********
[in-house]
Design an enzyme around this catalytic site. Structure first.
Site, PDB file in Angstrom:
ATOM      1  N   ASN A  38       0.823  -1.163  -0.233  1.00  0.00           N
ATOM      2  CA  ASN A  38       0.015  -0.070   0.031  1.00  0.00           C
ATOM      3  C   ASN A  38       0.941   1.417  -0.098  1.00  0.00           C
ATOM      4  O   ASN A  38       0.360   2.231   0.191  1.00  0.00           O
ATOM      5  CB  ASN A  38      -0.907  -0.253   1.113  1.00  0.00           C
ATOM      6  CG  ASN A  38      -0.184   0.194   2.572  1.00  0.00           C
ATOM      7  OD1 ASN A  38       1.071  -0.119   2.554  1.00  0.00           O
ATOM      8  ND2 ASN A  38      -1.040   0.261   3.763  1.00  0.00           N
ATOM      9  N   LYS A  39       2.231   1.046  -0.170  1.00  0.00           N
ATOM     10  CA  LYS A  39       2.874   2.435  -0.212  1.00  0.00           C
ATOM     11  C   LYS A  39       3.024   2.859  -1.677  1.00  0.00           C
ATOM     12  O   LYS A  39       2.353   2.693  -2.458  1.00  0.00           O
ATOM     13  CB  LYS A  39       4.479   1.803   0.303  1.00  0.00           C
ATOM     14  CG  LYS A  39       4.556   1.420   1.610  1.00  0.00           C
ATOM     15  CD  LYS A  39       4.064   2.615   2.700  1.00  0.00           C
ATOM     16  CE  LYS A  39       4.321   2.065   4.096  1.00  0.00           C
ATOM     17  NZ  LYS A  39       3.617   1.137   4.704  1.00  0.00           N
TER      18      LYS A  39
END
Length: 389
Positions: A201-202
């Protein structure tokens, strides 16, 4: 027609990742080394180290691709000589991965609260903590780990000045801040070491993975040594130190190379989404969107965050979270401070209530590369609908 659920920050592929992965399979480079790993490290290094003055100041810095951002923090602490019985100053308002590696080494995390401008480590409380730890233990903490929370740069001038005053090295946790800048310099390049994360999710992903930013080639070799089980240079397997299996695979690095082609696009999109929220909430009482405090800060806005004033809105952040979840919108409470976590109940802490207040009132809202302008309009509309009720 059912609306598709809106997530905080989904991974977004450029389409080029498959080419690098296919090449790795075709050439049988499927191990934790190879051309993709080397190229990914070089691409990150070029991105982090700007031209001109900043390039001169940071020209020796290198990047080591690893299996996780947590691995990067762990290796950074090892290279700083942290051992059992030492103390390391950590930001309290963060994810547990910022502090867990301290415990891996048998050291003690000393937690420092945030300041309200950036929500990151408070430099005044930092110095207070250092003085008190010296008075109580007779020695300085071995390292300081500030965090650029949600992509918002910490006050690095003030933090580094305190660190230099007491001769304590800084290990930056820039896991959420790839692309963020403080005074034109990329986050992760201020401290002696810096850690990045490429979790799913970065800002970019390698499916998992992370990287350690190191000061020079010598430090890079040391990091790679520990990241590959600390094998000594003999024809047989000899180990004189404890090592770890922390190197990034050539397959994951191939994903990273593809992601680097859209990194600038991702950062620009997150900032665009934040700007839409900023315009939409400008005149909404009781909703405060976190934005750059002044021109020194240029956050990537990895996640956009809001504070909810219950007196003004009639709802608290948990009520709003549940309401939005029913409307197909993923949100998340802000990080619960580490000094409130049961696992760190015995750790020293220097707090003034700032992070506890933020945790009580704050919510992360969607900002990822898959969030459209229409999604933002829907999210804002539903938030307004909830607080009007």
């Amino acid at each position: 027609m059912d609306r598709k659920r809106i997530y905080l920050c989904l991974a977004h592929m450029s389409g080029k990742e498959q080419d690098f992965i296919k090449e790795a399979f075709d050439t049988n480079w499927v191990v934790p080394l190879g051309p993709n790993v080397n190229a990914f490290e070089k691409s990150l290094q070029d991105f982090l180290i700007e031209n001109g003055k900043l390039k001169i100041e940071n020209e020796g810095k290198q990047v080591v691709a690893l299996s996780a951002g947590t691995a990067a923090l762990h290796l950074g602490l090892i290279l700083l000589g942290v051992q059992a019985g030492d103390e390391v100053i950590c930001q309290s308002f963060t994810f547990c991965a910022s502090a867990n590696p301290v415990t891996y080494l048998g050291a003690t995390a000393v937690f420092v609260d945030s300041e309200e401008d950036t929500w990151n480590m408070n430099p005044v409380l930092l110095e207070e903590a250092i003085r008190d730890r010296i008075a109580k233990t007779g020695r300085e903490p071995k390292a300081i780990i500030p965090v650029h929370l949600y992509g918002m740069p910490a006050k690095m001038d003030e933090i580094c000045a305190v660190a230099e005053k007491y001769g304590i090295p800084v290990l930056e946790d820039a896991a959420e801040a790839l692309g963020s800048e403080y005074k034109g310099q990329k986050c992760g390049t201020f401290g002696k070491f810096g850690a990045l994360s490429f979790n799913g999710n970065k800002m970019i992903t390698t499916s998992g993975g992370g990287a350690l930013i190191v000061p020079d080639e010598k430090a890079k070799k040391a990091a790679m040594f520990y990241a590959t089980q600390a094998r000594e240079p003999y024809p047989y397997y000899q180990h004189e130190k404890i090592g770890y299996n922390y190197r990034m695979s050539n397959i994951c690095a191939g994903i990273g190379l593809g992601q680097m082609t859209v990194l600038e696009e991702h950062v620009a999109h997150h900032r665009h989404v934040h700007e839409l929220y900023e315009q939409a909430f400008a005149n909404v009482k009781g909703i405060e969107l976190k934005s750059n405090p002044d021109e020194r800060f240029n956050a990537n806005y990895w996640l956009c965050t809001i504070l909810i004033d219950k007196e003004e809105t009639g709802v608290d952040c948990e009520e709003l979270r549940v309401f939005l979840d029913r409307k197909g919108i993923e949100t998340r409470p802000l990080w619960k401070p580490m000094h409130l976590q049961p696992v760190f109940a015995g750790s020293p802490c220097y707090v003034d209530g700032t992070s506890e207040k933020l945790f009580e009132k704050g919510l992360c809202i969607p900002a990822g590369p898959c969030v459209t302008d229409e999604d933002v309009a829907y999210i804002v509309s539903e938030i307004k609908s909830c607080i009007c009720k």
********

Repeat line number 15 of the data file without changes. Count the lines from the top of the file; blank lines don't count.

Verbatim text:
ATOM     12  O   LYS A  39       2.353   2.693  -2.458  1.00  0.00           O